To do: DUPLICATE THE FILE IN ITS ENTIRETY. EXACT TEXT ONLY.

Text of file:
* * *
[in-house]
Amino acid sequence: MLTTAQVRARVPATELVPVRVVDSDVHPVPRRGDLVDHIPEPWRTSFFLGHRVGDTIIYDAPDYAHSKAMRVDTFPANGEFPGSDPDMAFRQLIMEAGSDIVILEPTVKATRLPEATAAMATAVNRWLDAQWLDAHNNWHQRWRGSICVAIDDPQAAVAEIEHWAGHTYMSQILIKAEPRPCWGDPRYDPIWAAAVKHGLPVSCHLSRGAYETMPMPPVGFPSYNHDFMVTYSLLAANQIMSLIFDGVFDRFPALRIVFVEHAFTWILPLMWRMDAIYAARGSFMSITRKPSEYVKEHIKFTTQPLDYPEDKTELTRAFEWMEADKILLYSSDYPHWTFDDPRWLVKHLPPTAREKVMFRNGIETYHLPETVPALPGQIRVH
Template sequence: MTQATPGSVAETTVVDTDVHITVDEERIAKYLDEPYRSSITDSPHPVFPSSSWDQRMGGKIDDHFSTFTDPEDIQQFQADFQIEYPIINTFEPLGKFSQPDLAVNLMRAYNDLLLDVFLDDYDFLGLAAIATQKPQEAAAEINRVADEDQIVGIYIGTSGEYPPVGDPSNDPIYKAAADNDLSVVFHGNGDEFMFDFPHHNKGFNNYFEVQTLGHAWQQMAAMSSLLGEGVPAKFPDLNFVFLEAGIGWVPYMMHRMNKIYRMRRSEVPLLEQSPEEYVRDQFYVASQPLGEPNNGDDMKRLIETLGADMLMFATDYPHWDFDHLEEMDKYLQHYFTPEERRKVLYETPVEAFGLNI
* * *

[in-house]
Amino acid sequence: MLTTAQVRARVPATELVPVRVVDSDVHPVPRRGDLVDHIPEPWRTSFFLGHRVGDTIIYDAPDYAHSKAMRVDTFPANGEFPGSDPDMAFRQLIMEAGSDIVILEPTVKATRLPEATAAMATAVNRWLDAQWLDAHNNWHQRWRGSICVAIDDPQAAVAEIEHWAGHTYMSQILIKAEPRPCWGDPRYDPIWAAAVKHGLPVSCHLSRGAYETMPMPPVGFPSYNHDFMVTYSLLAANQIMSLIFDGVFDRFPALRIVFVEHAFTWILPLMWRMDAIYAARGSFMSITRKPSEYVKEHIKFTTQPLDYPEDKTELTRAFEWMEADKILLYSSDYPHWTFDDPRWLVKHLPPTAREKVMFRNGIETYHLPETVPALPGQIRVH
Template sequence: MTQATPGSVAETTVVDTDVHITVDEERIAKYLDEPYRSSITDSPHPVFPSSSWDQRMGGKIDDHFSTFTDPEDIQQFQADFQIEYPIINTFEPLGKFSQPDLAVNLMRAYNDLLLDVFLDDYDFLGLAAIATQKPQEAAAEINRVADEDQIVGIYIGTSGEYPPVGDPSNDPIYKAAADNDLSVVFHGNGDEFMFDFPHHNKGFNNYFEVQTLGHAWQQMAAMSSLLGEGVPAKFPDLNFVFLEAGIGWVPYMMHRMNKIYRMRRSEVPLLEQSPEEYVRDQFYVASQPLGEPNNGDDMKRLIETLGADMLMFATDYPHWDFDHLEEMDKYLQHYFTPEERRKVLYETPVEAFGLNI